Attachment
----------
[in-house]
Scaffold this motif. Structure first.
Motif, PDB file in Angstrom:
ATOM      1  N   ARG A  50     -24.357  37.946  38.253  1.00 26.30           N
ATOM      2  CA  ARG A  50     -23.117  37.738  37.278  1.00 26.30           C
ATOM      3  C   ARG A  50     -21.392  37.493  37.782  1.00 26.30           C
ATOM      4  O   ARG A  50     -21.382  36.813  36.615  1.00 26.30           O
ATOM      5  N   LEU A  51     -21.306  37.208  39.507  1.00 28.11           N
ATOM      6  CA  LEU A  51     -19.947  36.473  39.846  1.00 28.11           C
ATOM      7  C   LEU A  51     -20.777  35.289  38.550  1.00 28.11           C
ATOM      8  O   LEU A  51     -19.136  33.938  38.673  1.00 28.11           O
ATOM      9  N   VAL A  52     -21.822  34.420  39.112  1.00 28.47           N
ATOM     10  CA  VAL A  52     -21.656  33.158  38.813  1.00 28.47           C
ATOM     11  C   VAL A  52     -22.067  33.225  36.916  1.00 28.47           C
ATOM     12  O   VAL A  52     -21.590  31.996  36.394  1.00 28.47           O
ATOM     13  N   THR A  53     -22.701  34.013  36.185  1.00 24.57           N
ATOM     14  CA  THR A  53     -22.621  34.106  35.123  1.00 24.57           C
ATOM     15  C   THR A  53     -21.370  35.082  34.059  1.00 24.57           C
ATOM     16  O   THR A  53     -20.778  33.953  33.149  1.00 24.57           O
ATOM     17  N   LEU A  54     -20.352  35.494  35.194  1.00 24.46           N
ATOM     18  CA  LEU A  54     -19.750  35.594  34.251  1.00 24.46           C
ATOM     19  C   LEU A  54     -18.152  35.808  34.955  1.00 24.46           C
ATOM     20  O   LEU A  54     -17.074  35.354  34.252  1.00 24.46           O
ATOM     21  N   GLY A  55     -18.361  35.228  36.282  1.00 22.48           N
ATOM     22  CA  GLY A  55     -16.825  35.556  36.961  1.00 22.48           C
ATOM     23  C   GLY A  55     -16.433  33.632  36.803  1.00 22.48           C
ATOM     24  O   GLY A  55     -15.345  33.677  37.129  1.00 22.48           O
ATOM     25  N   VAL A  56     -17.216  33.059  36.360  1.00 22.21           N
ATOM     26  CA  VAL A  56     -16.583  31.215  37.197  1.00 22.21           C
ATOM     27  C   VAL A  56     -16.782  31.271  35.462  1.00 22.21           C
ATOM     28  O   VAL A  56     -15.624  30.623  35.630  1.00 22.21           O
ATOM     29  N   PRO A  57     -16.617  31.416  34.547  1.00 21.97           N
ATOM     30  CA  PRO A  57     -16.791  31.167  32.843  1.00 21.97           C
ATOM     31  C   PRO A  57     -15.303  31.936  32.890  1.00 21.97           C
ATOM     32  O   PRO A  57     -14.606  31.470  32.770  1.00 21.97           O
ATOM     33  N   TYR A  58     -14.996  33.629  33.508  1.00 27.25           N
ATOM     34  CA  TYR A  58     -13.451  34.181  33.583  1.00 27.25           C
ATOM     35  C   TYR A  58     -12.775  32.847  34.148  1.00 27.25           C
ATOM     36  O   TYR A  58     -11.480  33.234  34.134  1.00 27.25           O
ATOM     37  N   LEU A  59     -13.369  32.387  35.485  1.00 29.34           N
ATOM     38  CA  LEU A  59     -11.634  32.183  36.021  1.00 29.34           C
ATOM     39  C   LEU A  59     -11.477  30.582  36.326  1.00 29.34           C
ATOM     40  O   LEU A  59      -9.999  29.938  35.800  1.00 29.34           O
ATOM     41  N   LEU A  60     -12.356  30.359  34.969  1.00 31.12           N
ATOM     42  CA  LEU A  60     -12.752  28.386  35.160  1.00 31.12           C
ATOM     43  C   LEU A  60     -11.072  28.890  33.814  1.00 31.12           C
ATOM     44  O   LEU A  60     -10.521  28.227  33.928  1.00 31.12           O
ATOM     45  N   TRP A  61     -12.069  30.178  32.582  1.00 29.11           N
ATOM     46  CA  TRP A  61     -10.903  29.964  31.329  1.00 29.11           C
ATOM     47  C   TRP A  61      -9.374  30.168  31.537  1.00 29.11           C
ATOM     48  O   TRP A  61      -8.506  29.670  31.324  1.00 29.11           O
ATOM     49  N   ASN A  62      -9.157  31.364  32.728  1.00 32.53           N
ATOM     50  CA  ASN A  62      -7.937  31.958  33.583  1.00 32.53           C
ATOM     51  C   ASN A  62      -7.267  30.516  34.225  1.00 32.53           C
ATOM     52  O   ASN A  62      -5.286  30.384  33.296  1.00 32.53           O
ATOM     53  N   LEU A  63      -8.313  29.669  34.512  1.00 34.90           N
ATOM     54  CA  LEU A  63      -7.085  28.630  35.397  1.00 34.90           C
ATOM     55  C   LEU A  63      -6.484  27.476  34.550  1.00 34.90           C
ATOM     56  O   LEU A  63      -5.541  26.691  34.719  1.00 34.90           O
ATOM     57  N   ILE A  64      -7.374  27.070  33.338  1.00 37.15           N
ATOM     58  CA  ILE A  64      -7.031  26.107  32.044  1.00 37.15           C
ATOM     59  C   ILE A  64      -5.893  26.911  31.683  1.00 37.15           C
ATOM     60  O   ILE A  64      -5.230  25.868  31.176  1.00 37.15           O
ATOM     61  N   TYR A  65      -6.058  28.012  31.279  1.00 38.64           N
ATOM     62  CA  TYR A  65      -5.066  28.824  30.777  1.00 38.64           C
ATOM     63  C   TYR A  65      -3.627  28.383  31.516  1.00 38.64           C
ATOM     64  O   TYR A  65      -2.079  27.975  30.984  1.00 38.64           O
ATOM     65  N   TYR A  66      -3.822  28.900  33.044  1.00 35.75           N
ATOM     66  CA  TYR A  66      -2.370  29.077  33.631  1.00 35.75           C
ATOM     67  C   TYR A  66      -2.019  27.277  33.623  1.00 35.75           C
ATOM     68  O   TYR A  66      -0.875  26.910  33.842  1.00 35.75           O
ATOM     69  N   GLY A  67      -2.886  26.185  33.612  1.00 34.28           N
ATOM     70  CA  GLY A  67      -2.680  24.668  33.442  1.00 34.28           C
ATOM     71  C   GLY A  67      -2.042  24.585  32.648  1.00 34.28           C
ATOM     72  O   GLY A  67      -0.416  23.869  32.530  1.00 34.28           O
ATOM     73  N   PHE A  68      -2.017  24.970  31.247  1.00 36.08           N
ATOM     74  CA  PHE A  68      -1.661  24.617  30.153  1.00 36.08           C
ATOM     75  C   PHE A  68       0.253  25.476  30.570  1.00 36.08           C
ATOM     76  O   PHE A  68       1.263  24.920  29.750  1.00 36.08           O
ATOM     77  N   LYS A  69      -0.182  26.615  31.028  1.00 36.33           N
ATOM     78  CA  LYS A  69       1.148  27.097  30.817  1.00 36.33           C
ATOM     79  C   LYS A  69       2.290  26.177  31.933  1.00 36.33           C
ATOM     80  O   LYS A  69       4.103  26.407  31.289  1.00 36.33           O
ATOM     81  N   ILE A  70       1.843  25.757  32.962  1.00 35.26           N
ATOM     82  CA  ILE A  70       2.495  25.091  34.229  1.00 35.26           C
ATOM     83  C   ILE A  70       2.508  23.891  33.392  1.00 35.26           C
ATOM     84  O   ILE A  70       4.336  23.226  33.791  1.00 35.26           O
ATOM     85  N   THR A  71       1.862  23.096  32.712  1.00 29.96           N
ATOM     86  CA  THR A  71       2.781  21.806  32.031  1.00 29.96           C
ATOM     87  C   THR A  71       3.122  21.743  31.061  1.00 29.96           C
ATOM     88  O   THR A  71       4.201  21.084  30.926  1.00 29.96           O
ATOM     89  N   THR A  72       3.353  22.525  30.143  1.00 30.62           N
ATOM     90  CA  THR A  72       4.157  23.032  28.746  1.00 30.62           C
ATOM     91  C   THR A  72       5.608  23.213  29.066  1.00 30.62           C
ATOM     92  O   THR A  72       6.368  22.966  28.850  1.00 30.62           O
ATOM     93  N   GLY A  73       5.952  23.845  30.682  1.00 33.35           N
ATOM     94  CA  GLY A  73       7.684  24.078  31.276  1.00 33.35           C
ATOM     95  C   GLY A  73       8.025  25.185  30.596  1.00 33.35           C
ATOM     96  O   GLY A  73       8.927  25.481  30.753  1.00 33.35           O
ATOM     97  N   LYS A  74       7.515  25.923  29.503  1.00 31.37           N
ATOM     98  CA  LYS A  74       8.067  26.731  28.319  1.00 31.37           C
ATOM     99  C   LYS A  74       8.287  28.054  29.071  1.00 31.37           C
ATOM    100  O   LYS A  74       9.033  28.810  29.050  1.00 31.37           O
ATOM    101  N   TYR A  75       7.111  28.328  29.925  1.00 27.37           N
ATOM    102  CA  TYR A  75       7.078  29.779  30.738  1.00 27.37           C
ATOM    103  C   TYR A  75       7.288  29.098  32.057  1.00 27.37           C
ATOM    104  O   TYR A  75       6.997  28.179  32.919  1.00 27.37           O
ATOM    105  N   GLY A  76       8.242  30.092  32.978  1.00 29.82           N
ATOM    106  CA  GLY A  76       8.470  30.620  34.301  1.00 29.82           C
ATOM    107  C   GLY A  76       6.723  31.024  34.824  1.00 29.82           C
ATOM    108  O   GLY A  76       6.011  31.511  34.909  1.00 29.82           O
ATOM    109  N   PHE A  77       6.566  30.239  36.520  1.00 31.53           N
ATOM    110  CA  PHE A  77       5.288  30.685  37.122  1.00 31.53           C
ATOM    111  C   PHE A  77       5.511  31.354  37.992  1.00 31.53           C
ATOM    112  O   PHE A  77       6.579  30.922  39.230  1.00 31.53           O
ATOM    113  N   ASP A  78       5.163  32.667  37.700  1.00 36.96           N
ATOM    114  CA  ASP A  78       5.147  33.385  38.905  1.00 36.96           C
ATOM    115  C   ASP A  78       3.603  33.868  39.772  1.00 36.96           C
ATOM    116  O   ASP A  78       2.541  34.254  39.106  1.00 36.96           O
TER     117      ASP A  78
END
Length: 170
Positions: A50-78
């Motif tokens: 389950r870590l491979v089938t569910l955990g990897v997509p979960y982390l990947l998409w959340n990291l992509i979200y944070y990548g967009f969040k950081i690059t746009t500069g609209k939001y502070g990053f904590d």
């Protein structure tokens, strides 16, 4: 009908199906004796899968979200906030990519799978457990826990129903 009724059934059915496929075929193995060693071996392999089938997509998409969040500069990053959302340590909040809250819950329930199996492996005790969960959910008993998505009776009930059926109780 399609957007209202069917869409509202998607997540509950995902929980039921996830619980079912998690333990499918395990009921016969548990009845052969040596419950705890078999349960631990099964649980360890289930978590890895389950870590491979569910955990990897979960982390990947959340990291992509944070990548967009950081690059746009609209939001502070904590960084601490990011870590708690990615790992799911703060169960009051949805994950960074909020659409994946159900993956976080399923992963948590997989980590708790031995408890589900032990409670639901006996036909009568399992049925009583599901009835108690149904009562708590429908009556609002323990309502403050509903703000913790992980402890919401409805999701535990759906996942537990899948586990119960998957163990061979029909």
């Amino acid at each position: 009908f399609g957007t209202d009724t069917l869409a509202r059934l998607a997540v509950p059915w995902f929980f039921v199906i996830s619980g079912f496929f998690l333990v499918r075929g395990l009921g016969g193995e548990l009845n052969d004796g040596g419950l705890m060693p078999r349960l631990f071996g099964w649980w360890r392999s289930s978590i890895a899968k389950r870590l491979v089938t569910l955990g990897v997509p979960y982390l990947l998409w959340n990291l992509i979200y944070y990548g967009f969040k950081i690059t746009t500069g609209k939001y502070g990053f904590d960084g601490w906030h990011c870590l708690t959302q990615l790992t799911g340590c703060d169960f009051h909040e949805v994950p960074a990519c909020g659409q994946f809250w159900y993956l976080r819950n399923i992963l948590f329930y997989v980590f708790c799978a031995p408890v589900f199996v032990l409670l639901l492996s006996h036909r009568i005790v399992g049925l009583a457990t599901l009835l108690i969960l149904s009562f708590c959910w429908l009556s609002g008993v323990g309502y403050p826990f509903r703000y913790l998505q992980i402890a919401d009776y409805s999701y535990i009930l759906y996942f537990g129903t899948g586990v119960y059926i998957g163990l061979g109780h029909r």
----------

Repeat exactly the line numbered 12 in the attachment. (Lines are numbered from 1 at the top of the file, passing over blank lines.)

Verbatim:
ATOM      9  N   VAL A  52     -21.822  34.420  39.112  1.00 28.47           N